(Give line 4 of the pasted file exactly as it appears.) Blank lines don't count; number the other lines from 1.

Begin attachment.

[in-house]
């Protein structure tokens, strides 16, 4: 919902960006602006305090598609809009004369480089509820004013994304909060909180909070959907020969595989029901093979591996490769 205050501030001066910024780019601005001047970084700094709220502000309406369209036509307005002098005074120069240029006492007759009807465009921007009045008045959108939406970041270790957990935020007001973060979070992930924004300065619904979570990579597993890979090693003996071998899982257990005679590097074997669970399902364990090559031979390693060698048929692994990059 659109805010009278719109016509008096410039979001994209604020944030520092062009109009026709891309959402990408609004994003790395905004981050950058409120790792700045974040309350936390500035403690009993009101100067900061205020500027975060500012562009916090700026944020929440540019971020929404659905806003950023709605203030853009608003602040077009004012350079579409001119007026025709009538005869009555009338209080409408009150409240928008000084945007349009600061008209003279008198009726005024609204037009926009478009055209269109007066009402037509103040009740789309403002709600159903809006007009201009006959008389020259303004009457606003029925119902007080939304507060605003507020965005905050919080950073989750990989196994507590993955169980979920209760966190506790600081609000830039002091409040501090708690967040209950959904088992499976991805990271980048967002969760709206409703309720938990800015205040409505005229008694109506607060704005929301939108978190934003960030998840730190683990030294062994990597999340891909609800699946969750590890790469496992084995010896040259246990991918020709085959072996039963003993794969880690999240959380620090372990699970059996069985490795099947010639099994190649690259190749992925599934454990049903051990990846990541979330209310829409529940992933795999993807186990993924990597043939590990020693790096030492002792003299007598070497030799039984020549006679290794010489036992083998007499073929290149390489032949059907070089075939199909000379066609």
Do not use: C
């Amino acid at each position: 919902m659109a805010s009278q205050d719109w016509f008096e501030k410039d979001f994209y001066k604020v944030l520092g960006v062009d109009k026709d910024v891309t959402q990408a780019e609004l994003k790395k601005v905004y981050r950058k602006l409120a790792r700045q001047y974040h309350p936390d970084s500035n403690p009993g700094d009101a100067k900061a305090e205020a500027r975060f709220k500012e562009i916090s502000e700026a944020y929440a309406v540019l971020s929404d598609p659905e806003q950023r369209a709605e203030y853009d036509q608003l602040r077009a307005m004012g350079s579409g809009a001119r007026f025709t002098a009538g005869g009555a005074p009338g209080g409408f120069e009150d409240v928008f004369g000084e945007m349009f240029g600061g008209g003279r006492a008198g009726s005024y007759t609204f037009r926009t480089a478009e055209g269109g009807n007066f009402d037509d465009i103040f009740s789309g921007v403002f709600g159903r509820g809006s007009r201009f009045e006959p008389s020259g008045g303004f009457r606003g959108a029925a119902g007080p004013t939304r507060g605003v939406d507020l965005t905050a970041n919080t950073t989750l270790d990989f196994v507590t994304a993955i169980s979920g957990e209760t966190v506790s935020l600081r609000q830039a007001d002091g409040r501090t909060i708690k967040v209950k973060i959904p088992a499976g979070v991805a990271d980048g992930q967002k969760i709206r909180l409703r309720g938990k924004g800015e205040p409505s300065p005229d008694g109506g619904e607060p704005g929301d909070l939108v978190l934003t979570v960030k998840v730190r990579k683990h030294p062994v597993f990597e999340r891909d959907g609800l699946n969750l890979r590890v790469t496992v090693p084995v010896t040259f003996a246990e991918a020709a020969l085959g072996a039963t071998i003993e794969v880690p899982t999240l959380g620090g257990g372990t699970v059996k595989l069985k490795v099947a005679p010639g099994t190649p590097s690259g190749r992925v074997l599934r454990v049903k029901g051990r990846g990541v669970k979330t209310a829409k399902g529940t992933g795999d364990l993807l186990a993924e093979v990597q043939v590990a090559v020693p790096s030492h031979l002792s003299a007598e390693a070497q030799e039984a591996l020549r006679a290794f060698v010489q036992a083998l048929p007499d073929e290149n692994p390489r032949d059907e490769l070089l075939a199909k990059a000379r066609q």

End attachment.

């Amino acid at each position: 919902m659109a805010s009278q205050d719109w016509f008096e501030k410039d979001f994209y001066k604020v944030l520092g960006v062009d109009k026709d910024v891309t959402q990408a780019e609004l994003k790395k601005v905004y981050r950058k602006l409120a790792r700045q001047y974040h309350p936390d970084s500035n403690p009993g700094d009101a100067k900061a305090e205020a500027r975060f709220k500012e562009i916090s502000e700026a944020y929440a309406v540019l971020s929404d598609p659905e806003q950023r369209a709605e203030y853009d036509q608003l602040r077009a307005m004012g350079s579409g809009a001119r007026f025709t002098a009538g005869g009555a005074p009338g209080g409408f120069e009150d409240v928008f004369g000084e945007m349009f240029g600061g008209g003279r006492a008198g009726s005024y007759t609204f037009r926009t480089a478009e055209g269109g009807n007066f009402d037509d465009i103040f009740s789309g921007v403002f709600g159903r509820g809006s007009r201009f009045e006959p008389s020259g008045g303004f009457r606003g959108a029925a119902g007080p004013t939304r507060g605003v939406d507020l965005t905050a970041n919080t950073t989750l270790d990989f196994v507590t994304a993955i169980s979920g957990e209760t966190v506790s935020l600081r609000q830039a007001d002091g409040r501090t909060i708690k967040v209950k973060i959904p088992a499976g979070v991805a990271d980048g992930q967002k969760i709206r909180l409703r309720g938990k924004g800015e205040p409505s300065p005229d008694g109506g619904e607060p704005g929301d909070l939108v978190l934003t979570v960030k998840v730190r990579k683990h030294p062994v597993f990597e999340r891909d959907g609800l699946n969750l890979r590890v790469t496992v090693p084995v010896t040259f003996a246990e991918a020709a020969l085959g072996a039963t071998i003993e794969v880690p899982t999240l959380g620090g257990g372990t699970v059996k595989l069985k490795v099947a005679p010639g099994t190649p590097s690259g190749r992925v074997l599934r454990v049903k029901g051990r990846g990541v669970k979330t209310a829409k399902g529940t992933g795999d364990l993807l186990a993924e093979v990597q043939v590990a090559v020693p790096s030492h031979l002792s003299a007598e390693a070497q030799e039984a591996l020549r006679a290794f060698v010489q036992a083998l048929p007499d073929e290149n692994p390489r032949d059907e490769l070089l075939a199909k990059a000379r066609q």